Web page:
Au Gres looks at spraying trees for ash borers
Au GRES — The Au Gres city council agreed to look into treating some of the city’s ash trees to protect them from the emerald ash borer during the council’s meeting July 17.
City Manager Pat Killingbeck said there are about 150 ash trees, split largely between the city campground and along US-23, that are either at risk of becoming infested and subsequently killed by the emerald ash borer, or are already fighting an infestation.
“Tawas and East Tawas are in the same (treatment) program,” Killingbeck said. “If you consider the trees worth saving then we should participate.”
The total cost of the treatment would be about $12,000 she said, which would come from the capital improvements budget.
“I don’t like the amount, but we spent a lot on planting trees,” Killingbeck said. “Plus the campground trees have been there a while, and it would be a shame to lose them. It also costs more to remove the dead trees than to treat them.”
The treatment would only last two or three years, Killingbeck said, but it would save the trees from the ash borer.
The emerald ash borer is an invasive species native to China, which was first detected in the U.S. in 2002. The beetle lays its eggs in the bark of ash trees, and when the larvae emerge they feed off of the tree. After only a few years at best, the ash tree is killed.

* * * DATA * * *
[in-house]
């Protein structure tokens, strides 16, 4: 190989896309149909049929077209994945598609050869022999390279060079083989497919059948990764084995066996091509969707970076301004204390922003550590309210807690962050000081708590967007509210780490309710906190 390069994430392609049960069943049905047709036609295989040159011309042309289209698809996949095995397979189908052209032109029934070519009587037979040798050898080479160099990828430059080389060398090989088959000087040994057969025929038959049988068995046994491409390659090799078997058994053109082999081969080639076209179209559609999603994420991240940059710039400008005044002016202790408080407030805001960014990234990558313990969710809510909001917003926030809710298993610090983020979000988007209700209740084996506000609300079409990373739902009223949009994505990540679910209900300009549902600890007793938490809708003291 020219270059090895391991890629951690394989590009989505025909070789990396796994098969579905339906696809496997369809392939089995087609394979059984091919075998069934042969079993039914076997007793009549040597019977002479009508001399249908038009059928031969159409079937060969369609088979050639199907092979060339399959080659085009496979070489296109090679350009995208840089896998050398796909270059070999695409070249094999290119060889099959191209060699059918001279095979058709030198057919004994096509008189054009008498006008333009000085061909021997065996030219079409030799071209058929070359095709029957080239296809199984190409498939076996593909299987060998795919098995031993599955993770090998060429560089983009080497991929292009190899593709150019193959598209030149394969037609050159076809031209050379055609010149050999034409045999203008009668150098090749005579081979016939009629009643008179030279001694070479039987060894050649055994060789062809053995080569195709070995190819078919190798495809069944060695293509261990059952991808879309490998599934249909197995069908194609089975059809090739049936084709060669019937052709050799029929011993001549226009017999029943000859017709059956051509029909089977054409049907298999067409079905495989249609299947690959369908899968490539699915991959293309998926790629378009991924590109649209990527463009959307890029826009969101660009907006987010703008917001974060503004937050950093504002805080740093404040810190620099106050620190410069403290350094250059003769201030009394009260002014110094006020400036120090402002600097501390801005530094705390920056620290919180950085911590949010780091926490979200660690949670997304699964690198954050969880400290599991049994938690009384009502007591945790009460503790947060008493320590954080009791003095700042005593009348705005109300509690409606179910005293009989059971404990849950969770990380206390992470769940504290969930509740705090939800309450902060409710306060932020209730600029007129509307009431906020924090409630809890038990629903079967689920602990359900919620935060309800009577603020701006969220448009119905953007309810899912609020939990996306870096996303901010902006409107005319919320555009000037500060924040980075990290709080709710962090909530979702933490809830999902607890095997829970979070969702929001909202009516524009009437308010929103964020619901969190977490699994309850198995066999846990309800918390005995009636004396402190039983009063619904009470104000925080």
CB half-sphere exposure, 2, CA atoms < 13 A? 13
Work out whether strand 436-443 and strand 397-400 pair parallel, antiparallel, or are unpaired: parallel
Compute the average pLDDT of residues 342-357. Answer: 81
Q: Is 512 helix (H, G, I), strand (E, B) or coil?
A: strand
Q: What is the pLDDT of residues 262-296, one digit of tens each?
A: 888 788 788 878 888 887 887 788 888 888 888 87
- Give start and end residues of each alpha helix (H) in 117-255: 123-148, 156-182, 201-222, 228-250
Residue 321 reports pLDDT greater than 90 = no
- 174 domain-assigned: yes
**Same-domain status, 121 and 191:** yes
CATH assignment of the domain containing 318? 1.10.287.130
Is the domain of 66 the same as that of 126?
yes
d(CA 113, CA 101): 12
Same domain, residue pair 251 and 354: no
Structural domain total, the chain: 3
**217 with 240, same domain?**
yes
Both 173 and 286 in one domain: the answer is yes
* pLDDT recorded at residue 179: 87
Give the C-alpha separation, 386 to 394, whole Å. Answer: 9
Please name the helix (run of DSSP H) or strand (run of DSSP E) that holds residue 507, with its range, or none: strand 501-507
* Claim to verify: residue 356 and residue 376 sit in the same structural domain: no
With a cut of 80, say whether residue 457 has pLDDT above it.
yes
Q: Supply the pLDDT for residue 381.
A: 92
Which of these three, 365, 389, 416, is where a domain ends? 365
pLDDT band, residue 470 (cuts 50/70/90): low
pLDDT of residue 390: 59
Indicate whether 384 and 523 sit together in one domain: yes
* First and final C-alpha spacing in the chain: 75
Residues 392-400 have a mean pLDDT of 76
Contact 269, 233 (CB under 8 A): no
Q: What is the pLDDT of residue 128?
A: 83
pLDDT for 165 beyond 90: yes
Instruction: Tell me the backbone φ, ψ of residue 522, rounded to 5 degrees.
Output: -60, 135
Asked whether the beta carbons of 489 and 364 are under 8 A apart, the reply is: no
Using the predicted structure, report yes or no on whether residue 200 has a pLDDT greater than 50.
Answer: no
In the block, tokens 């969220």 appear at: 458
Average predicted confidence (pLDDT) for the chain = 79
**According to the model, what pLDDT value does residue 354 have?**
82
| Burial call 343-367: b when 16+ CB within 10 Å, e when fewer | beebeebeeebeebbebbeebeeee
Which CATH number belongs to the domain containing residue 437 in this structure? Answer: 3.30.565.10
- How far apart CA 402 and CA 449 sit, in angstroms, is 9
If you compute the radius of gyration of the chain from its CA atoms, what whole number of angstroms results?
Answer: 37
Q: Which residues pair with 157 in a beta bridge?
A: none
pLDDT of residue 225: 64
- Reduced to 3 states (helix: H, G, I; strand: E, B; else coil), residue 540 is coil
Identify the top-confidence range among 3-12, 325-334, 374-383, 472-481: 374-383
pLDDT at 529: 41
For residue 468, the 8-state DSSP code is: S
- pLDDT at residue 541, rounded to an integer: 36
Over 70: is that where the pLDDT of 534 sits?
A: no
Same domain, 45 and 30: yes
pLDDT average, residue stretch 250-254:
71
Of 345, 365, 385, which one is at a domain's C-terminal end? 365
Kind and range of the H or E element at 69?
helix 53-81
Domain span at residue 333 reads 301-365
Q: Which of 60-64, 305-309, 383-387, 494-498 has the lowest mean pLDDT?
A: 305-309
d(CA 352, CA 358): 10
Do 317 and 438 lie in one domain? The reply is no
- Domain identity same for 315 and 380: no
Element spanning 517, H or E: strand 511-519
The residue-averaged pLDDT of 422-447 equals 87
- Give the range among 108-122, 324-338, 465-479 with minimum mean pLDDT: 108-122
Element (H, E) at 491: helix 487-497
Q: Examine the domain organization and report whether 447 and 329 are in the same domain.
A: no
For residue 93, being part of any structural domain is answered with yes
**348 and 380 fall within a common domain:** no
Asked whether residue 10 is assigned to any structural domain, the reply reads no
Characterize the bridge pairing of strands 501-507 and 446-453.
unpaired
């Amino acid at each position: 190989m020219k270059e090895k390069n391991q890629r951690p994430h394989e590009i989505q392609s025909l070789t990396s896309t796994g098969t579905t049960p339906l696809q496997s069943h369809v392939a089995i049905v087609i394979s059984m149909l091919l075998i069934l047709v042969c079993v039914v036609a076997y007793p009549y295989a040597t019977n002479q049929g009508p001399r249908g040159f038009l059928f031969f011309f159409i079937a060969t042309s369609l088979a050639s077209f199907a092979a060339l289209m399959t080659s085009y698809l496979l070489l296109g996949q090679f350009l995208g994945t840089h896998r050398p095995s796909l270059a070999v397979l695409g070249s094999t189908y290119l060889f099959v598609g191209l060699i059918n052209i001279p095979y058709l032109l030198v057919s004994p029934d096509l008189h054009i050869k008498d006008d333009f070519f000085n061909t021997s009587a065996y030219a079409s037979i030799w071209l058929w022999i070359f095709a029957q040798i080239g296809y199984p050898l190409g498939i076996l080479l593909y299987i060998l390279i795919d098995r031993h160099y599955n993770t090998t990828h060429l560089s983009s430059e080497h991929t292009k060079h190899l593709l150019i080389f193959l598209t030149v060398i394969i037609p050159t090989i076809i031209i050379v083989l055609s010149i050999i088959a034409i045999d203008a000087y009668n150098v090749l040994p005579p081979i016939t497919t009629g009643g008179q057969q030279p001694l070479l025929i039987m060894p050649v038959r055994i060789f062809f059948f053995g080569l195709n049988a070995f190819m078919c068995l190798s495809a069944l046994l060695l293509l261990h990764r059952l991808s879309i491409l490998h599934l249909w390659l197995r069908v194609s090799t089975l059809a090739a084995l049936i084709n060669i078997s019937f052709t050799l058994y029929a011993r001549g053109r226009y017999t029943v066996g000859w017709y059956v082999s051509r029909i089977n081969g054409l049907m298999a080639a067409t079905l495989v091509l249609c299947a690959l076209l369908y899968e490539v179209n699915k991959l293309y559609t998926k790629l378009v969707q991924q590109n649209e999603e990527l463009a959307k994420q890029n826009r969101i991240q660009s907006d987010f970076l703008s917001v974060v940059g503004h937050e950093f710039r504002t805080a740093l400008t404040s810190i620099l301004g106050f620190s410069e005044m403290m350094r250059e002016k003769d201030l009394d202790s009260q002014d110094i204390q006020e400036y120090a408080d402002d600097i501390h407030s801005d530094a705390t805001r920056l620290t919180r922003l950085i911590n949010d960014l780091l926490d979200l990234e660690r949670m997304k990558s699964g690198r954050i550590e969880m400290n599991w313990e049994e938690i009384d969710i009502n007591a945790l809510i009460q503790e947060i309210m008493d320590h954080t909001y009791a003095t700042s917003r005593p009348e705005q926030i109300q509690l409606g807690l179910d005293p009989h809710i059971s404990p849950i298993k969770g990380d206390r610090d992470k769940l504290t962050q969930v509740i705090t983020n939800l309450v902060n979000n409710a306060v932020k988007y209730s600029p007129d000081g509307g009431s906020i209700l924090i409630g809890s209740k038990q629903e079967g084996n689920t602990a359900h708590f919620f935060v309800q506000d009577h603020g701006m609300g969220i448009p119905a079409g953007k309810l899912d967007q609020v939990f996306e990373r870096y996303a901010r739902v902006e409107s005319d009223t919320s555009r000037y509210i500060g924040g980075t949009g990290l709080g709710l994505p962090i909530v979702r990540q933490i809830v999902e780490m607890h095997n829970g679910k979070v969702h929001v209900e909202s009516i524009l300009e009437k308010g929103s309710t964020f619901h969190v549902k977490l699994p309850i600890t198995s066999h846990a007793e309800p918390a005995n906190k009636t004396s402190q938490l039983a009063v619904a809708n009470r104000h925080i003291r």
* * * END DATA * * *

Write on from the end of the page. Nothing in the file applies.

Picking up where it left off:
Michigan State University is researching the usage of the borer’s natural predators to control the population in the U.S. — microscopic wasps that target the borer’s larvae and eggs — but it will be years before results have come in, MSU entomologist Leah Bauer told the Independent in January.
In the meantime she suggested insecticide treatments, and said Jonathon Lelito of the Biological Control Center in Canton is taking requests to be a part of the research program.
Councilman Keith Edmonds supported treating the trees, but said he heard the most effective time to do it is in May and June. He wondered if the trees could wait to be treated, but Killingbeck said some of them are starting to show signs of infestation and may not be treatable by then. She added Tawas had not treated theirs yet, but still planned to do so this summer.
Edmonds said he did not want to spend that amount of money if it would not do any good.
The city council unanimously agreed to treat the trees, but only after researching the effectiveness of treating the trees at this point in the year. If it would be ineffective, then the treatment would wait until next spring.